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Disabled Man Prevails in Railroad Crossing Repairs

A few weeks ago we told you the story of a 65-year-old man who would have to veer his wheelchair into traffic at a busy east Memphis intersection because of crumbled sidewalks at a railroad crossing.
MEMPHIS, TN (abc24.com) - A few weeks ago we told you the story of a 65-year-old man who would have to veer his wheelchair into traffic at a busy east Memphis intersection because of crumbled sidewalks at a railroad crossing.

Shelton Reece has emphysema so severe, that he can only take a few steps before he's out of breath. His motorized wheelchair is his life, and the railroad crossing at Southern Avenue and Highland Street was his hell. The sidewalk was in such bad condition that he had to veer out into traffic to get around.

He said he wouldn't quit until things got done. They got done.

The paving work at the Southern and Highland railroad crossing was a pain for motorists. But for Shelton Reece, it was the dream he'd been waiting for. Now it's smooth and slick, with not a rut or bump on the sidewalks.

"From what I see it looks good," Reece said, adding he didn't think they would really come out and fix it.

The heat and humidity made the job of breathing even more difficult for Shelton on this day. He is always on oxygen; his emphysema keeps him from doing anything strenuous. It didn't keep him from fighting.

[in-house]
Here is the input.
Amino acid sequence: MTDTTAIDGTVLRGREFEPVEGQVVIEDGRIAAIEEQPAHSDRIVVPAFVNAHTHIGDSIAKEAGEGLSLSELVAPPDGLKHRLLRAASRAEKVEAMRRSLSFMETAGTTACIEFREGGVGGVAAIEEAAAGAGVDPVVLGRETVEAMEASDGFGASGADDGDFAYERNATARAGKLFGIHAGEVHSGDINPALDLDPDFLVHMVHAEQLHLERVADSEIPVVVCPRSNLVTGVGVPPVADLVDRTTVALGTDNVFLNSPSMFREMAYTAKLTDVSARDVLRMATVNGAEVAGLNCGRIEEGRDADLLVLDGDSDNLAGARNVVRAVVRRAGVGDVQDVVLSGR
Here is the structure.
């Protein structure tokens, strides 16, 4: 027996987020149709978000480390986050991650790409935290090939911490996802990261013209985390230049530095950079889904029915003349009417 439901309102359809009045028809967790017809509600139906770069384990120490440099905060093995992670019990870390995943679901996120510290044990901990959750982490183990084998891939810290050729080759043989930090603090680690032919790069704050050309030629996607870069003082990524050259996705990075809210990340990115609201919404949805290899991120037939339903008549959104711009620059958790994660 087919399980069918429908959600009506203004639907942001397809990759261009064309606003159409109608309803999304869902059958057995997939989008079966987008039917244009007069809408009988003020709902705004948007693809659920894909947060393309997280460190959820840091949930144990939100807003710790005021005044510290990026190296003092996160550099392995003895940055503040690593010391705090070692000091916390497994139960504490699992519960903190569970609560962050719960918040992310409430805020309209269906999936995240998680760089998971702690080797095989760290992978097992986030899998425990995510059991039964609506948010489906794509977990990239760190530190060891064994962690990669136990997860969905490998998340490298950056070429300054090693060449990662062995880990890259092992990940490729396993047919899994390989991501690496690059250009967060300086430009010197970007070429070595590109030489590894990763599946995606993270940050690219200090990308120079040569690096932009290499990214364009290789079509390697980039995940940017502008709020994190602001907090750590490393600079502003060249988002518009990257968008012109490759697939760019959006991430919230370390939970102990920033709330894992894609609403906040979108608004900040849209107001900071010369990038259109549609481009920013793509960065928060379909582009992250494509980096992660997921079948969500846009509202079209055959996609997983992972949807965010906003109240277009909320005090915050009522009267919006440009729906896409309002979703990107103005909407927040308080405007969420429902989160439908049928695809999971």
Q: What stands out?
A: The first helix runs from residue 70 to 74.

We first met Shelton two weeks ago. He'd been fighting with the City of Memphis and the railroads about the conditions there since February. We found a man who was trying to cross asphalt that was rutted and grooved so deep his wheelchair wheels would just spin, not getting any traction.

We contacted Memphis Chief Administrative Officer George Little, who said it was the Norfolk Southern Railroad's responsibility.

"We'll follow up," Little told abc24.com, "And we'll encourage the railroad do the right thing."

We contacted the railroad too. They did the right thing. Shelton talked with them as well. We asked whether the City of Memphis helped.

"What, the city? Oh no."

So it was the work of a 65-year-old man with emphysema that did what the city couldn't or wouldn't do.

Shelton promises to keep in touch with us.

"Oh I will, I will. Because I know you can get stuff done. Like I said, you should run for Mayor!"

Shelton Reece is now a bit of a hero to 30 other people in wheelchairs who live in the Wesley Highland Terrace retirement home. Life will be different for them now, thanks to him.

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